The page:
Jackson County residents have reason to watch carefully as Congress begins debating House Republicans' proposed replacement for the Affordable Care Act, also known as Obamacare. The proposal has far-reaching implications for the county's economy, and lower-income residents stand to pay more for health coverage starting in 2020.
The replacement plan would generally benefit younger, higher-income people and leave older, poorer Americans worse off. It also would phase out the expansion of Medicaid, starting in 2020.
This is especially significant in Rep. Greg Walden's 2nd Congressional District. Walden is chairman of the House Energy and Commerce Committee, one of two panels working on the replacement plan.
An analysis by House Democrats shows 129,000 residents of Walden's district joined Medicaid under the ACA — the largest number of any Republican district in the country. The Medicaid expansion also was a boon to the medical industry in the Rogue Valley.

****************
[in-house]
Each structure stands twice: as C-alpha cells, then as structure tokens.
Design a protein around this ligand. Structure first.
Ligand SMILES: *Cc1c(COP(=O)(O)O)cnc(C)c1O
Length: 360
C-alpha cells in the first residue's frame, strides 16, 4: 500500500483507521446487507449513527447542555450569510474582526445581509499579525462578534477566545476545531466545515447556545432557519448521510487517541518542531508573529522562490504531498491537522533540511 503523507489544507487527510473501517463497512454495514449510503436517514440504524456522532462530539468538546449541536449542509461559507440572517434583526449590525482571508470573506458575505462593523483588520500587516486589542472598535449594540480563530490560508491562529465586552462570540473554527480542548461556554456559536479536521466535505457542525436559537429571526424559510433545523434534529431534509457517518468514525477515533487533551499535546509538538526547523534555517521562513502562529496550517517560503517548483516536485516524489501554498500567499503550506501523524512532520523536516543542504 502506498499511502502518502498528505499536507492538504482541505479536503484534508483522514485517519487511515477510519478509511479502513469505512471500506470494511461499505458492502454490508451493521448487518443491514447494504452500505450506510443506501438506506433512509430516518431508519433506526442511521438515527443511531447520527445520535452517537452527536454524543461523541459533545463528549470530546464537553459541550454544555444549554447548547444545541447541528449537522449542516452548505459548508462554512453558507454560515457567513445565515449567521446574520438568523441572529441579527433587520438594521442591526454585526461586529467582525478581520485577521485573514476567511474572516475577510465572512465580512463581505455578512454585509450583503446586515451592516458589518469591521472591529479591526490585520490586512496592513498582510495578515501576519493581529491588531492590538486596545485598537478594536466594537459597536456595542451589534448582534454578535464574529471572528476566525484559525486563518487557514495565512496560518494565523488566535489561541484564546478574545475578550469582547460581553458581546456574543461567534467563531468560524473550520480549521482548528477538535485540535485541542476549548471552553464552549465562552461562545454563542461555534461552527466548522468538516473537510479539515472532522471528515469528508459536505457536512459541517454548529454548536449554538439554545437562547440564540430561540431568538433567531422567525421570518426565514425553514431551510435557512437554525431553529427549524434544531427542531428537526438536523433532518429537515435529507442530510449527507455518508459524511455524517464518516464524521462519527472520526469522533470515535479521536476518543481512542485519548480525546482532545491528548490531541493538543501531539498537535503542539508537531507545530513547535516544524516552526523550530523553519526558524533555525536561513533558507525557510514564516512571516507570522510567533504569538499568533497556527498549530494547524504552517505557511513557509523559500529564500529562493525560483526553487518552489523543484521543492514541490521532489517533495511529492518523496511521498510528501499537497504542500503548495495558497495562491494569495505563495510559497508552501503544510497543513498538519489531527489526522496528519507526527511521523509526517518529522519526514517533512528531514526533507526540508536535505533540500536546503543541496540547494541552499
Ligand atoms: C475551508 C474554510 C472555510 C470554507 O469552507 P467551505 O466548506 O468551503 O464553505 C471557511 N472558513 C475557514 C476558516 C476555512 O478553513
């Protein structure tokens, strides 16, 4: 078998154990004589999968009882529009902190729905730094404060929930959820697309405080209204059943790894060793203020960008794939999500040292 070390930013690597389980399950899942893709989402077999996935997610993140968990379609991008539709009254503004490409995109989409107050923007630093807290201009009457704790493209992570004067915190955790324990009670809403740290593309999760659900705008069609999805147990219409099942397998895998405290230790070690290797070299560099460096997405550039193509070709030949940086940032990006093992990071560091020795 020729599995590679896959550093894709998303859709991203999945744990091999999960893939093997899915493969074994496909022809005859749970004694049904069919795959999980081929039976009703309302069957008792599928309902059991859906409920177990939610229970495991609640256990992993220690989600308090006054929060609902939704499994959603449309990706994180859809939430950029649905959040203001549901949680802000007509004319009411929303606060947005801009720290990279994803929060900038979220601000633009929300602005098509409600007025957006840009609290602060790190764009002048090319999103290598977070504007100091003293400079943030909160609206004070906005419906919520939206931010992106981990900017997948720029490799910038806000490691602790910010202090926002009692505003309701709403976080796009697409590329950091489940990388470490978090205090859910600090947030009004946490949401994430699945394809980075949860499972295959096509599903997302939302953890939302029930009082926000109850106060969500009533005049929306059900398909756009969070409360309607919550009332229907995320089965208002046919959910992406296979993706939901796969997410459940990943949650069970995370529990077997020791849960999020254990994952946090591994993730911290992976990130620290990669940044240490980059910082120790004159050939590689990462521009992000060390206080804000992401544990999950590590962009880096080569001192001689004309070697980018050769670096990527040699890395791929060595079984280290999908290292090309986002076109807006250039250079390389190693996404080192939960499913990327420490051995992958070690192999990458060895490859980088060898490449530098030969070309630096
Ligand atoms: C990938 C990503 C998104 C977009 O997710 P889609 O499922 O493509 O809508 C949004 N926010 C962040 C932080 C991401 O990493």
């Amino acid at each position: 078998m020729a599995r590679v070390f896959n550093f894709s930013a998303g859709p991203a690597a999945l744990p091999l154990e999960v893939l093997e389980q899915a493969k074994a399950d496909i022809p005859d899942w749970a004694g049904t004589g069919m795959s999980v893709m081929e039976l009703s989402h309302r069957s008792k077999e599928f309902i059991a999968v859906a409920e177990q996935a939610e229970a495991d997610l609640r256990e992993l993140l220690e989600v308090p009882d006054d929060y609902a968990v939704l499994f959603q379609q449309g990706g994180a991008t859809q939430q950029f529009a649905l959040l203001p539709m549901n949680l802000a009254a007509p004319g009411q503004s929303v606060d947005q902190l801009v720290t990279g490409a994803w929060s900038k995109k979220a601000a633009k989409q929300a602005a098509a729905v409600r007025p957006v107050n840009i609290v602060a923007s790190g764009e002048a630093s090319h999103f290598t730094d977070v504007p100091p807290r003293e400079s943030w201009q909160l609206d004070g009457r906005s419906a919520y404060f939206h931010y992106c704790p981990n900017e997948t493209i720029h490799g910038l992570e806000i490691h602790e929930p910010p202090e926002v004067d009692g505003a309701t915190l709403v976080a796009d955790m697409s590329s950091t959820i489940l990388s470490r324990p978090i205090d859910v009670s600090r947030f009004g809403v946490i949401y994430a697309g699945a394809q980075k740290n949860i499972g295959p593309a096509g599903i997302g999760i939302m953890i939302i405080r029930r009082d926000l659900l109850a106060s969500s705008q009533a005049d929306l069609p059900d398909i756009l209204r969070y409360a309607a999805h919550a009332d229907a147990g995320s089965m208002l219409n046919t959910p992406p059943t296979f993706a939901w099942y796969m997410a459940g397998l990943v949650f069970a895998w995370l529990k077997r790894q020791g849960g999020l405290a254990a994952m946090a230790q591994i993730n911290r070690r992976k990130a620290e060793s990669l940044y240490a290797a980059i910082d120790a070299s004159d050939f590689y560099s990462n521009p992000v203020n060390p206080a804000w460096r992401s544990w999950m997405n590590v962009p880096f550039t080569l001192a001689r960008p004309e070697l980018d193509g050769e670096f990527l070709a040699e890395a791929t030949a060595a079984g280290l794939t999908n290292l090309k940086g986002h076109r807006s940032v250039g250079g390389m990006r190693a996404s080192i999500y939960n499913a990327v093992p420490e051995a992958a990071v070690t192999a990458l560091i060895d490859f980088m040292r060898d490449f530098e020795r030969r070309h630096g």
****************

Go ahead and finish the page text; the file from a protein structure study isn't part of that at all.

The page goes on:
The Republican proposal would replace the income-determined subsidies with an age-based system of tax credits that also takes income into account. An analysis by the Kaiser Family Foundation shows Jackson County residents who are younger and more affluent will see a larger tax credit, while older, less well off residents will see their tax credits shrink.
It seems House Republicans were determined to change Obamacare just because it is Obamacare. It's hard to see how their plan improves the existing system. It shifts benefits to those who need them less, while putting Medicaid clients — the most vulnerable of all — at risk.